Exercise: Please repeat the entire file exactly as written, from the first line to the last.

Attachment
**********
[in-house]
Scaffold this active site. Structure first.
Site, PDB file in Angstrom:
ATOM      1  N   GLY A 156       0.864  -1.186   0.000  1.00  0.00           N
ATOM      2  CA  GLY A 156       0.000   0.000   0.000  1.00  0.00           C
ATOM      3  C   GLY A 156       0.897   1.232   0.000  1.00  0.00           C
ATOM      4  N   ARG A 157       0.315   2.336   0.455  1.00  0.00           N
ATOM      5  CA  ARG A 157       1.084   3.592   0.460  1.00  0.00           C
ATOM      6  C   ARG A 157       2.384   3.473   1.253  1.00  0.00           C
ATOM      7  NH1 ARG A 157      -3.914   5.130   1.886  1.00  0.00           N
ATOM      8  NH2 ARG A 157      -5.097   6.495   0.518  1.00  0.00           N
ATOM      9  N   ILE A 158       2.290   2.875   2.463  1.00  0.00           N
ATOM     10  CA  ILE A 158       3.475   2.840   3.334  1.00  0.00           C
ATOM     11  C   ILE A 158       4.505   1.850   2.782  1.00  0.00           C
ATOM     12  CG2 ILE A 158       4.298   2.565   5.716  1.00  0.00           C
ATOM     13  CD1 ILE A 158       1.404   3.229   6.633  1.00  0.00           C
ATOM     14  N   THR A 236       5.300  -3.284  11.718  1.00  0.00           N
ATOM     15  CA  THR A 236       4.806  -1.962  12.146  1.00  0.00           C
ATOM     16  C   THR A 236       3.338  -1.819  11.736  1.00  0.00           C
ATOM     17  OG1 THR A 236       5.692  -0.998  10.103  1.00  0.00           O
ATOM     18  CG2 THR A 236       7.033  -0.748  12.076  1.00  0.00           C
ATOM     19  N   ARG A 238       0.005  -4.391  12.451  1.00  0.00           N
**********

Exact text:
[in-house]
Scaffold this active site. Structure first.
Site, PDB file in Angstrom:
ATOM      1  N   GLY A 156       0.864  -1.186   0.000  1.00  0.00           N
ATOM      2  CA  GLY A 156       0.000   0.000   0.000  1.00  0.00           C
ATOM      3  C   GLY A 156       0.897   1.232   0.000  1.00  0.00           C
ATOM      4  N   ARG A 157       0.315   2.336   0.455  1.00  0.00           N
ATOM      5  CA  ARG A 157       1.084   3.592   0.460  1.00  0.00           C
ATOM      6  C   ARG A 157       2.384   3.473   1.253  1.00  0.00           C
ATOM      7  NH1 ARG A 157      -3.914   5.130   1.886  1.00  0.00           N
ATOM      8  NH2 ARG A 157      -5.097   6.495   0.518  1.00  0.00           N
ATOM      9  N   ILE A 158       2.290   2.875   2.463  1.00  0.00           N
ATOM     10  CA  ILE A 158       3.475   2.840   3.334  1.00  0.00           C
ATOM     11  C   ILE A 158       4.505   1.850   2.782  1.00  0.00           C
ATOM     12  CG2 ILE A 158       4.298   2.565   5.716  1.00  0.00           C
ATOM     13  CD1 ILE A 158       1.404   3.229   6.633  1.00  0.00           C
ATOM     14  N   THR A 236       5.300  -3.284  11.718  1.00  0.00           N
ATOM     15  CA  THR A 236       4.806  -1.962  12.146  1.00  0.00           C
ATOM     16  C   THR A 236       3.338  -1.819  11.736  1.00  0.00           C
ATOM     17  OG1 THR A 236       5.692  -0.998  10.103  1.00  0.00           O
ATOM     18  CG2 THR A 236       7.033  -0.748  12.076  1.00  0.00           C
ATOM     19  N   ARG A 238       0.005  -4.391  12.451  1.00  0.00           N